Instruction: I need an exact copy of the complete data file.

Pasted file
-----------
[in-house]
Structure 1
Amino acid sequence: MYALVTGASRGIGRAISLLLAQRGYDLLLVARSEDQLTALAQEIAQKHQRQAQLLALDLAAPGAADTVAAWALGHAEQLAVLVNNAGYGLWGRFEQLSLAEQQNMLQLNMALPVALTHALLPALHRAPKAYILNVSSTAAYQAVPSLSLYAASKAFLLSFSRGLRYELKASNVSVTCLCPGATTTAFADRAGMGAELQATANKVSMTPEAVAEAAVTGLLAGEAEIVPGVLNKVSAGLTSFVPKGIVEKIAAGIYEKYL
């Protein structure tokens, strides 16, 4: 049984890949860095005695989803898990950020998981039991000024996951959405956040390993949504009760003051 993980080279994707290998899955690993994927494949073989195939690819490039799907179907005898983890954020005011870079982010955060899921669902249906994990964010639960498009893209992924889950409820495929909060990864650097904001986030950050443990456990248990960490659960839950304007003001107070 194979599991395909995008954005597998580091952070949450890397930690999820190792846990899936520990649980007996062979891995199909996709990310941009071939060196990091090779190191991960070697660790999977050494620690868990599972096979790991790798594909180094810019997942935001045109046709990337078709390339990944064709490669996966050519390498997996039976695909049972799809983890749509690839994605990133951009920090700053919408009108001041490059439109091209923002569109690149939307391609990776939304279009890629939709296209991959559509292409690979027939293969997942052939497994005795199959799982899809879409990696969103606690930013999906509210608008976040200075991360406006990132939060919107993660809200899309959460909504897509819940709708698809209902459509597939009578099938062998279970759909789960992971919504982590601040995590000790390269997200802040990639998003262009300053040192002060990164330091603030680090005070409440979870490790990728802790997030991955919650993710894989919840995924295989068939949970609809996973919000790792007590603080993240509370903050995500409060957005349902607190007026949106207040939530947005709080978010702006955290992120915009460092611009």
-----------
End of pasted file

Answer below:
[in-house]
Structure 1
Amino acid sequence: MYALVTGASRGIGRAISLLLAQRGYDLLLVARSEDQLTALAQEIAQKHQRQAQLLALDLAAPGAADTVAAWALGHAEQLAVLVNNAGYGLWGRFEQLSLAEQQNMLQLNMALPVALTHALLPALHRAPKAYILNVSSTAAYQAVPSLSLYAASKAFLLSFSRGLRYELKASNVSVTCLCPGATTTAFADRAGMGAELQATANKVSMTPEAVAEAAVTGLLAGEAEIVPGVLNKVSAGLTSFVPKGIVEKIAAGIYEKYL
């Protein structure tokens, strides 16, 4: 049984890949860095005695989803898990950020998981039991000024996951959405956040390993949504009760003051 993980080279994707290998899955690993994927494949073989195939690819490039799907179907005898983890954020005011870079982010955060899921669902249906994990964010639960498009893209992924889950409820495929909060990864650097904001986030950050443990456990248990960490659960839950304007003001107070 194979599991395909995008954005597998580091952070949450890397930690999820190792846990899936520990649980007996062979891995199909996709990310941009071939060196990091090779190191991960070697660790999977050494620690868990599972096979790991790798594909180094810019997942935001045109046709990337078709390339990944064709490669996966050519390498997996039976695909049972799809983890749509690839994605990133951009920090700053919408009108001041490059439109091209923002569109690149939307391609990776939304279009890629939709296209991959559509292409690979027939293969997942052939497994005795199959799982899809879409990696969103606690930013999906509210608008976040200075991360406006990132939060919107993660809200899309959460909504897509819940709708698809209902459509597939009578099938062998279970759909789960992971919504982590601040995590000790390269997200802040990639998003262009300053040192002060990164330091603030680090005070409440979870490790990728802790997030991955919650993710894989919840995924295989068939949970609809996973919000790792007590603080993240509370903050995500409060957005349902607190007026949106207040939530947005709080978010702006955290992120915009460092611009």